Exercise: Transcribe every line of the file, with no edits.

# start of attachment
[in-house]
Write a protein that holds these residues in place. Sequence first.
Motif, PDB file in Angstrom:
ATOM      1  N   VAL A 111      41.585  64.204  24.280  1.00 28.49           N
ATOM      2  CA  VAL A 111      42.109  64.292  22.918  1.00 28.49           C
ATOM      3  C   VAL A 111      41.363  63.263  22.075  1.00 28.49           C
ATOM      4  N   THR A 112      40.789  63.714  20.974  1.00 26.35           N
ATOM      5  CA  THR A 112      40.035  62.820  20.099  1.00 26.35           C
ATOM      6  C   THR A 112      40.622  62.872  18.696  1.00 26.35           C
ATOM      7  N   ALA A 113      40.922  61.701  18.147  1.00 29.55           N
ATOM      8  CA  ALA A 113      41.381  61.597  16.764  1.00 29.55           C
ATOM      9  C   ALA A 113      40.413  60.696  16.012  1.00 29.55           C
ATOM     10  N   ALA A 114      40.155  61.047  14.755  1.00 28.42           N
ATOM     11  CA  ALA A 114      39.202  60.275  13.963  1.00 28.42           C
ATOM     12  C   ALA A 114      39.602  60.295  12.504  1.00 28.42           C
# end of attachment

[in-house]
Write a protein that holds these residues in place. Sequence first.
Motif, PDB file in Angstrom:
ATOM      1  N   VAL A 111      41.585  64.204  24.280  1.00 28.49           N
ATOM      2  CA  VAL A 111      42.109  64.292  22.918  1.00 28.49           C
ATOM      3  C   VAL A 111      41.363  63.263  22.075  1.00 28.49           C
ATOM      4  N   THR A 112      40.789  63.714  20.974  1.00 26.35           N
ATOM      5  CA  THR A 112      40.035  62.820  20.099  1.00 26.35           C
ATOM      6  C   THR A 112      40.622  62.872  18.696  1.00 26.35           C
ATOM      7  N   ALA A 113      40.922  61.701  18.147  1.00 29.55           N
ATOM      8  CA  ALA A 113      41.381  61.597  16.764  1.00 29.55           C
ATOM      9  C   ALA A 113      40.413  60.696  16.012  1.00 29.55           C
ATOM     10  N   ALA A 114      40.155  61.047  14.755  1.00 28.42           N
ATOM     11  CA  ALA A 114      39.202  60.275  13.963  1.00 28.42           C
ATOM     12  C   ALA A 114      39.602  60.295  12.504  1.00 28.42           C